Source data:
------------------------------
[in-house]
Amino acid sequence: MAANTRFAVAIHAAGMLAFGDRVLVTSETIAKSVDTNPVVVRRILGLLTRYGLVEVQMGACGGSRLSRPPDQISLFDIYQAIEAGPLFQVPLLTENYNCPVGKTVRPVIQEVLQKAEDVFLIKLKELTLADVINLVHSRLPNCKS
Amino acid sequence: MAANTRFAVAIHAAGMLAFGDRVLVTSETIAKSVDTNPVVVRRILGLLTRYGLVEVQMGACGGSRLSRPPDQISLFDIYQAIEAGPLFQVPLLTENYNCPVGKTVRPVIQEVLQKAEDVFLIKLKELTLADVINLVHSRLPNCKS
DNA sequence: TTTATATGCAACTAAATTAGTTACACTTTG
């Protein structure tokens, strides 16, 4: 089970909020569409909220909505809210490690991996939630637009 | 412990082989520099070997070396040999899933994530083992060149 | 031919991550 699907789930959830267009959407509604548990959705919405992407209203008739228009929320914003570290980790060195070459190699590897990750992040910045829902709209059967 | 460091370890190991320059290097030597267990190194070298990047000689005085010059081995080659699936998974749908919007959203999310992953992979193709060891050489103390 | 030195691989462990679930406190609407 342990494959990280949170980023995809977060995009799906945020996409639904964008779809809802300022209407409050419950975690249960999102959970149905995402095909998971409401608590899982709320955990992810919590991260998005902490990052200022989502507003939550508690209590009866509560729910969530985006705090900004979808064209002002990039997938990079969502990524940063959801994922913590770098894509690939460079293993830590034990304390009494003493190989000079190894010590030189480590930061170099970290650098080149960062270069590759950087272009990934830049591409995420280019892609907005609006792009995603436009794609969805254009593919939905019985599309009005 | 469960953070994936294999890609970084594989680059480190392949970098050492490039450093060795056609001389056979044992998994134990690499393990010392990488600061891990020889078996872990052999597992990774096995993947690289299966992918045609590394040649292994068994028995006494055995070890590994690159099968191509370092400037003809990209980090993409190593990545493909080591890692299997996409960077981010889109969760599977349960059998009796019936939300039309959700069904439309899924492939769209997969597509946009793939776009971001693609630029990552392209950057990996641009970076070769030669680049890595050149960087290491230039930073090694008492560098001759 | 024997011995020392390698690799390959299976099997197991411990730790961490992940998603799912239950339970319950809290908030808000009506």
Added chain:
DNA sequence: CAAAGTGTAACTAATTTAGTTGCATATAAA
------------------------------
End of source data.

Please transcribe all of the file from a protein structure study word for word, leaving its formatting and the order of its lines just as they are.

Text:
[in-house]
Amino acid sequence: MAANTRFAVAIHAAGMLAFGDRVLVTSETIAKSVDTNPVVVRRILGLLTRYGLVEVQMGACGGSRLSRPPDQISLFDIYQAIEAGPLFQVPLLTENYNCPVGKTVRPVIQEVLQKAEDVFLIKLKELTLADVINLVHSRLPNCKS
Amino acid sequence: MAANTRFAVAIHAAGMLAFGDRVLVTSETIAKSVDTNPVVVRRILGLLTRYGLVEVQMGACGGSRLSRPPDQISLFDIYQAIEAGPLFQVPLLTENYNCPVGKTVRPVIQEVLQKAEDVFLIKLKELTLADVINLVHSRLPNCKS
DNA sequence: TTTATATGCAACTAAATTAGTTACACTTTG
């Protein structure tokens, strides 16, 4: 089970909020569409909220909505809210490690991996939630637009 | 412990082989520099070997070396040999899933994530083992060149 | 031919991550 699907789930959830267009959407509604548990959705919405992407209203008739228009929320914003570290980790060195070459190699590897990750992040910045829902709209059967 | 460091370890190991320059290097030597267990190194070298990047000689005085010059081995080659699936998974749908919007959203999310992953992979193709060891050489103390 | 030195691989462990679930406190609407 342990494959990280949170980023995809977060995009799906945020996409639904964008779809809802300022209407409050419950975690249960999102959970149905995402095909998971409401608590899982709320955990992810919590991260998005902490990052200022989502507003939550508690209590009866509560729910969530985006705090900004979808064209002002990039997938990079969502990524940063959801994922913590770098894509690939460079293993830590034990304390009494003493190989000079190894010590030189480590930061170099970290650098080149960062270069590759950087272009990934830049591409995420280019892609907005609006792009995603436009794609969805254009593919939905019985599309009005 | 469960953070994936294999890609970084594989680059480190392949970098050492490039450093060795056609001389056979044992998994134990690499393990010392990488600061891990020889078996872990052999597992990774096995993947690289299966992918045609590394040649292994068994028995006494055995070890590994690159099968191509370092400037003809990209980090993409190593990545493909080591890692299997996409960077981010889109969760599977349960059998009796019936939300039309959700069904439309899924492939769209997969597509946009793939776009971001693609630029990552392209950057990996641009970076070769030669680049890595050149960087290491230039930073090694008492560098001759 | 024997011995020392390698690799390959299976099997197991411990730790961490992940998603799912239950339970319950809290908030808000009506």
Added chain:
DNA sequence: CAAAGTGTAACTAATTTAGTTGCATATAAA